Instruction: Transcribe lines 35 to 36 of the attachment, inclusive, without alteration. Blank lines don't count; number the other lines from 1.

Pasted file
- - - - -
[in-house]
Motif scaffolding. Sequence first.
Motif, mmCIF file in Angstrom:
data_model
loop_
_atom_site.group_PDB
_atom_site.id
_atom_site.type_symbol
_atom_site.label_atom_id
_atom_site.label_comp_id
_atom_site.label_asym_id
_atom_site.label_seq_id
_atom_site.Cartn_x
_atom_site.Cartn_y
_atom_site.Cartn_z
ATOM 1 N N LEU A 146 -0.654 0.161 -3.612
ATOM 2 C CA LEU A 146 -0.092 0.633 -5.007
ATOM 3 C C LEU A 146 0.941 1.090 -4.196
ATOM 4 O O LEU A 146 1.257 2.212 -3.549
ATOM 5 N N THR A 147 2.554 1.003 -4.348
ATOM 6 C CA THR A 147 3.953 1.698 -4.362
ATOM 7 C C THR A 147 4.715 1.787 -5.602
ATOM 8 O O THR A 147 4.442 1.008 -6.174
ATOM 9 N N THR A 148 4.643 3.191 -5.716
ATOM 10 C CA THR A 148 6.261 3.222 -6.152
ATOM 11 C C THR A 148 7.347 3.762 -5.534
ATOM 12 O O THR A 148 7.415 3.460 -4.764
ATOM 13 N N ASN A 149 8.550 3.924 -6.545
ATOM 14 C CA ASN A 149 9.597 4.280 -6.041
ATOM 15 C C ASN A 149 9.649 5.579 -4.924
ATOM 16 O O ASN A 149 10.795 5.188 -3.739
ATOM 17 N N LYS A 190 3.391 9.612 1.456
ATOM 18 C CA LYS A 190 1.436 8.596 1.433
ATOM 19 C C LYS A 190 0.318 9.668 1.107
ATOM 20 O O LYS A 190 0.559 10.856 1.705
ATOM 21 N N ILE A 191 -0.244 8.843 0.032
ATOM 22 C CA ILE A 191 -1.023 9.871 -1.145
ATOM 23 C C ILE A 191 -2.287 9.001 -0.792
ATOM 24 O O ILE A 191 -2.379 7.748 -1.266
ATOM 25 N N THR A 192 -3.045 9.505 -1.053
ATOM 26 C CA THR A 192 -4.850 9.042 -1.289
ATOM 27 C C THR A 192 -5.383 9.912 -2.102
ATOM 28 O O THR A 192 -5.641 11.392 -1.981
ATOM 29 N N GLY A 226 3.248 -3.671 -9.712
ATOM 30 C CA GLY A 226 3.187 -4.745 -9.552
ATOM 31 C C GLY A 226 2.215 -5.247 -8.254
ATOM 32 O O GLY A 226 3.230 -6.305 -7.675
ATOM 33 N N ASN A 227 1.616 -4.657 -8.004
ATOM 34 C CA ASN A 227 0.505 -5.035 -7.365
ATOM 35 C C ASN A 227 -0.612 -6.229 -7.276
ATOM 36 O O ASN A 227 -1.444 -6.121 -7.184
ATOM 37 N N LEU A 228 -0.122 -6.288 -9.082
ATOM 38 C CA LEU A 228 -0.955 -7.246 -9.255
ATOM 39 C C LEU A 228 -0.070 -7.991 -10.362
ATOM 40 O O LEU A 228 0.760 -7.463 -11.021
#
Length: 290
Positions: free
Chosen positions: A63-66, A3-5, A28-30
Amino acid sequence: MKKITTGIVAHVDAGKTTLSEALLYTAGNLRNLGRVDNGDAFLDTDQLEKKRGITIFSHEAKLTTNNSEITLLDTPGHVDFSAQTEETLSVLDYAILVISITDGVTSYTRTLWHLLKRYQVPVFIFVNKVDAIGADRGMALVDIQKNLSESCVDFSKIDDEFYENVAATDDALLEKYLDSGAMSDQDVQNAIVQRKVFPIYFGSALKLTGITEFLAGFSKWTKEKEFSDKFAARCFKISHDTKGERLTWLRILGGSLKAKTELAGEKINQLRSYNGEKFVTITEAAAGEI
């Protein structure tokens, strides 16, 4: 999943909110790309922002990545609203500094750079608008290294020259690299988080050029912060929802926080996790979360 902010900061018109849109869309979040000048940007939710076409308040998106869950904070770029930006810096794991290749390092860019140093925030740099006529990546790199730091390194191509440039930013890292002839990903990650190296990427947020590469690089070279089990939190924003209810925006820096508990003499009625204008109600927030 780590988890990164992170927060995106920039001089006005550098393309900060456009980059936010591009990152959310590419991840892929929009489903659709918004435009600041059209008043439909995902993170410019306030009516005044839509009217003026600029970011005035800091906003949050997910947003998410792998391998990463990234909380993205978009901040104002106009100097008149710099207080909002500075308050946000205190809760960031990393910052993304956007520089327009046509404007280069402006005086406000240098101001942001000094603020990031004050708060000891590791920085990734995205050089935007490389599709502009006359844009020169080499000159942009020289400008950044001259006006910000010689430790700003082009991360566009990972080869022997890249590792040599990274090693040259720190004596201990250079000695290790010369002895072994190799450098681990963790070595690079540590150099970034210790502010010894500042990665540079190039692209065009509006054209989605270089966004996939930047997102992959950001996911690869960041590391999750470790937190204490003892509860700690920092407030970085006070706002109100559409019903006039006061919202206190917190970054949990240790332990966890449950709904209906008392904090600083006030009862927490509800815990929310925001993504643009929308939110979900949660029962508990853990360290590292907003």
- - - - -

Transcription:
ATOM 20 O O LYS A 190 0.559 10.856 1.705
ATOM 21 N N ILE A 191 -0.244 8.843 0.032